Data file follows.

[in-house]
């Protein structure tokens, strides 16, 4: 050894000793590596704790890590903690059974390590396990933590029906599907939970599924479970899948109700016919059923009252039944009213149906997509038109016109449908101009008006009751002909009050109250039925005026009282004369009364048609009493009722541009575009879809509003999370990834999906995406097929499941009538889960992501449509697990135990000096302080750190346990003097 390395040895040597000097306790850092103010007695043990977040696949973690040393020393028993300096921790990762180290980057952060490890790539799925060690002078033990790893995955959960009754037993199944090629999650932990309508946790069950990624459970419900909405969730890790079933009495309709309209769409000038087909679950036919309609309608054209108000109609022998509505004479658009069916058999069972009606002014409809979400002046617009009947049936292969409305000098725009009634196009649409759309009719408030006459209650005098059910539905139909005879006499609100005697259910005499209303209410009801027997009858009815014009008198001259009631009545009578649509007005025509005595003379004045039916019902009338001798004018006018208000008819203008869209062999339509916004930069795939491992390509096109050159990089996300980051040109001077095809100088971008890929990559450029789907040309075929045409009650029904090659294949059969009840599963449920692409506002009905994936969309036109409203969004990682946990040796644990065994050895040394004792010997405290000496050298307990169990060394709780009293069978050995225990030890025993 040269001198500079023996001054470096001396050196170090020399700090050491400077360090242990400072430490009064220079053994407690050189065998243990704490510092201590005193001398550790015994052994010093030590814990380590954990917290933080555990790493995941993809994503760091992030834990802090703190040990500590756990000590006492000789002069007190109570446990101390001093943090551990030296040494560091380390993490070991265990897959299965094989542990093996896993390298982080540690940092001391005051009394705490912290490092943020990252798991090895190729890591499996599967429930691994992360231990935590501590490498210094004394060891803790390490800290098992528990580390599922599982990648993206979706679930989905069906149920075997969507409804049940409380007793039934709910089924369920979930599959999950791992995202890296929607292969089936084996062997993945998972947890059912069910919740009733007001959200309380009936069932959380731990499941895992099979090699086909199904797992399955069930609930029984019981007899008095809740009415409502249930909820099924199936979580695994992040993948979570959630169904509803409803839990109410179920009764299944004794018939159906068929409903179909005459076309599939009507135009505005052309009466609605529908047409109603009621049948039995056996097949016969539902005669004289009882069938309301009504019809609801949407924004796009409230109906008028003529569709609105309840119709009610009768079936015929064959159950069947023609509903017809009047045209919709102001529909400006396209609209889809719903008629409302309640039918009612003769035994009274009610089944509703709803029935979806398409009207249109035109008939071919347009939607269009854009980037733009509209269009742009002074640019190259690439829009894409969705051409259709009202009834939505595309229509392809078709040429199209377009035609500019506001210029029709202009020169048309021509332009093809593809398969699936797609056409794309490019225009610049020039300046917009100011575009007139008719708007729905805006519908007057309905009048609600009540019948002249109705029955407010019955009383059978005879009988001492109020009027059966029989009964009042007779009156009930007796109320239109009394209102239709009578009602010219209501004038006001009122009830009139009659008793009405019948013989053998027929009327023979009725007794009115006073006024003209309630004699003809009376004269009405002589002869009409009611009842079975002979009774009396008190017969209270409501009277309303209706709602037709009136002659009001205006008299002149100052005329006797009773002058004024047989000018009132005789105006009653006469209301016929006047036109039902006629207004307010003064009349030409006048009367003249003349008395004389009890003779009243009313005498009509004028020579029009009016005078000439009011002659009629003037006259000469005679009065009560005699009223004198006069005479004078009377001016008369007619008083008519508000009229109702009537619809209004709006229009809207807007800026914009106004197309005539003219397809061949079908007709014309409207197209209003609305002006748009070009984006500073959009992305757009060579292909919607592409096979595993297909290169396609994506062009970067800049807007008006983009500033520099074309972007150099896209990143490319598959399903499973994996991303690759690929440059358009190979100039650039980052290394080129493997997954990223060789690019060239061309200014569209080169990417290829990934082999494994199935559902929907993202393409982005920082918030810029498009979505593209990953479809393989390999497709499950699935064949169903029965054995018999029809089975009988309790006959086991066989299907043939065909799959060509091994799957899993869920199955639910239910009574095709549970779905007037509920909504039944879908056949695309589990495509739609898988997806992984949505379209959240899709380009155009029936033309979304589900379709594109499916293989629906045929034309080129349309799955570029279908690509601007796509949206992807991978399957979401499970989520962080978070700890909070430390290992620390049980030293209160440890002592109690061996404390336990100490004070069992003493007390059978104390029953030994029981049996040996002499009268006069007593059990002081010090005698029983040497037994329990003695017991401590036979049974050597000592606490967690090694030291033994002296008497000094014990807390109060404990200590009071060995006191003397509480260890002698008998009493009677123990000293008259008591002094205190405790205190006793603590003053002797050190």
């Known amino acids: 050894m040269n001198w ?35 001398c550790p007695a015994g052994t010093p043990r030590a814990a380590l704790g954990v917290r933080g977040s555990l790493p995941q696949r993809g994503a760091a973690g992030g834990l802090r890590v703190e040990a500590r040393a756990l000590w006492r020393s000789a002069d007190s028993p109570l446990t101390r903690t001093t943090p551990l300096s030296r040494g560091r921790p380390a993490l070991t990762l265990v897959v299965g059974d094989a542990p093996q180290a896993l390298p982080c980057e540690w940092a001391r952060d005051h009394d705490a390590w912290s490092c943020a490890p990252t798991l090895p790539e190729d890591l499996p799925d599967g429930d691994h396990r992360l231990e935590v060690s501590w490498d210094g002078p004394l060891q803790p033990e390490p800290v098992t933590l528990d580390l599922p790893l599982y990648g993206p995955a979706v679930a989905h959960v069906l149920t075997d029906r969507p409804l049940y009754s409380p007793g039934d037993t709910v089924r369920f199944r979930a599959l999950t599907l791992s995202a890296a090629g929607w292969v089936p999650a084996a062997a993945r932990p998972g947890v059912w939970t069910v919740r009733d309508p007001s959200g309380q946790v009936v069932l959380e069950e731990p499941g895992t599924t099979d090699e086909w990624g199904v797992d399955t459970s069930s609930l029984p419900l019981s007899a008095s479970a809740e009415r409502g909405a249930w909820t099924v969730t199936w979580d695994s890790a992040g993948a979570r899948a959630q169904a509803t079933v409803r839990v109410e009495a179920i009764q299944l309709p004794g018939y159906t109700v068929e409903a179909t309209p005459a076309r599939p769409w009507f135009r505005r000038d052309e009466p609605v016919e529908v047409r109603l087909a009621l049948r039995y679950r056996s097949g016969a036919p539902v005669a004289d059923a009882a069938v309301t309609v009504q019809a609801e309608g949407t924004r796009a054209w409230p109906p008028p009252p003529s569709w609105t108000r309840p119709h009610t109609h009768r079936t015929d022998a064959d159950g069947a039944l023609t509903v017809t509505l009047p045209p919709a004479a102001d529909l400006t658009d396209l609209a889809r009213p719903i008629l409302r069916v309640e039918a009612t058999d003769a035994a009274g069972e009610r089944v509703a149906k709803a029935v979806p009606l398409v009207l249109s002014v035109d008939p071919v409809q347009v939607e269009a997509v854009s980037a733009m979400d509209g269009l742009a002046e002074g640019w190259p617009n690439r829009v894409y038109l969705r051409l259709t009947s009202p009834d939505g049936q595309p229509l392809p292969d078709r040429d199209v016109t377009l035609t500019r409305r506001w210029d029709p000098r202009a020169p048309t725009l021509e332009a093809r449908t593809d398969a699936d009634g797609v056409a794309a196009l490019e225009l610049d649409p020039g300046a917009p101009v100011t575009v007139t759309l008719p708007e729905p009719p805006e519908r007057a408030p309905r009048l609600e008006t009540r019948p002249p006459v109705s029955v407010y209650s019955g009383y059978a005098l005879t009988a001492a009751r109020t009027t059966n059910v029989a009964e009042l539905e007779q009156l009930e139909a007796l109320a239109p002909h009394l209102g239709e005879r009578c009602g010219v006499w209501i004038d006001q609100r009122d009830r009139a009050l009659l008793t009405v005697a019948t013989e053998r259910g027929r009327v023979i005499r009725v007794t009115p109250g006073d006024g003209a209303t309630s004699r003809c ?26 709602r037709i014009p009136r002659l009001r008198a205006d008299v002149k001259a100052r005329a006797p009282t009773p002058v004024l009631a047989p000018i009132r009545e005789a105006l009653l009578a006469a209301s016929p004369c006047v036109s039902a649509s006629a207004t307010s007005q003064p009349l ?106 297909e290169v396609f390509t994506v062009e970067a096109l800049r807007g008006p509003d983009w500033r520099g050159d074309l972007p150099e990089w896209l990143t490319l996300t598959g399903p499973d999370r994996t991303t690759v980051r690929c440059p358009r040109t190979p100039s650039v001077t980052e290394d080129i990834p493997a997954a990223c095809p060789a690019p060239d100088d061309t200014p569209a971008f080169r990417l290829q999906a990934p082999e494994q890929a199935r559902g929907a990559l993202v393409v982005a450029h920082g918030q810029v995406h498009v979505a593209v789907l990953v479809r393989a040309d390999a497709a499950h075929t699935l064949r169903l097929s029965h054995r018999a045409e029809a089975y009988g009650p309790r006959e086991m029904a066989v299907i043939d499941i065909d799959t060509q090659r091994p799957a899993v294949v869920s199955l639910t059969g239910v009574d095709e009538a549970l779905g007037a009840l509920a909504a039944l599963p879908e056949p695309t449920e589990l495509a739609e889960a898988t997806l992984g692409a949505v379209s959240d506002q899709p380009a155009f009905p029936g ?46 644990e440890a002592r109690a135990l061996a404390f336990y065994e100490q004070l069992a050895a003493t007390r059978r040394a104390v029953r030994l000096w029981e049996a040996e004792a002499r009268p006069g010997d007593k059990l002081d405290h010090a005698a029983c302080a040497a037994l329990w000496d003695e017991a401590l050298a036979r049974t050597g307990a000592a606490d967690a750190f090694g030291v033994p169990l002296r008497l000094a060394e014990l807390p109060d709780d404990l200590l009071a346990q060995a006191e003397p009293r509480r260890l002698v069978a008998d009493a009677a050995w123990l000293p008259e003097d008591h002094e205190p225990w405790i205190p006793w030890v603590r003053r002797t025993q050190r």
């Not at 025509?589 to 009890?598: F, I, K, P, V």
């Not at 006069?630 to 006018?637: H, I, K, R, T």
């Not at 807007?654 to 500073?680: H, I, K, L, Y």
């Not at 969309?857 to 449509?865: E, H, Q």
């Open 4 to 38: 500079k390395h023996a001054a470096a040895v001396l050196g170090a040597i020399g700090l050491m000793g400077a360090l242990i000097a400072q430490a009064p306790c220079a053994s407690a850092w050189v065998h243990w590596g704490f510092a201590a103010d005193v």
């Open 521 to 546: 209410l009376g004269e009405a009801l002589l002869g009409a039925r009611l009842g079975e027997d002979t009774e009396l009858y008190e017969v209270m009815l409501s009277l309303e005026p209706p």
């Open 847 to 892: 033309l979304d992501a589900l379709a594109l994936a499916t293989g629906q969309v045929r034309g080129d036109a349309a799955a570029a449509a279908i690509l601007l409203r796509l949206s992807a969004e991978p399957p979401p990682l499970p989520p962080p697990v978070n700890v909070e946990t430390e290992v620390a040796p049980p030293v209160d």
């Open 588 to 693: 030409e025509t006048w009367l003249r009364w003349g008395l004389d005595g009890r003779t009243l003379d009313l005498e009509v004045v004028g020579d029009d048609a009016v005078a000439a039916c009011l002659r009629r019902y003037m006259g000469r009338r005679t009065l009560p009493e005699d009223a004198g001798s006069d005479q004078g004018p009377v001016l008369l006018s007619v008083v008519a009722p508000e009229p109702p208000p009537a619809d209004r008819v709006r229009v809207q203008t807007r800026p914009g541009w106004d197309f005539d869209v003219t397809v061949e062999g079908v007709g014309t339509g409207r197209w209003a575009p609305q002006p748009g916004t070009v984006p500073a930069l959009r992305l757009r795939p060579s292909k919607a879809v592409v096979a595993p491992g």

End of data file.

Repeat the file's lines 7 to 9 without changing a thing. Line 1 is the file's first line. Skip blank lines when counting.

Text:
């Not at 969309?857 to 449509?865: E, H, Q």
């Open 4 to 38: 500079k390395h023996a001054a470096a040895v001396l050196g170090a040597i020399g700090l050491m000793g400077a360090l242990i000097a400072q430490a009064p306790c220079a053994s407690a850092w050189v065998h243990w590596g704490f510092a201590a103010d005193v």
């Open 521 to 546: 209410l009376g004269e009405a009801l002589l002869g009409a039925r009611l009842g079975e027997d002979t009774e009396l009858y008190e017969v209270m009815l409501s009277l309303e005026p209706p």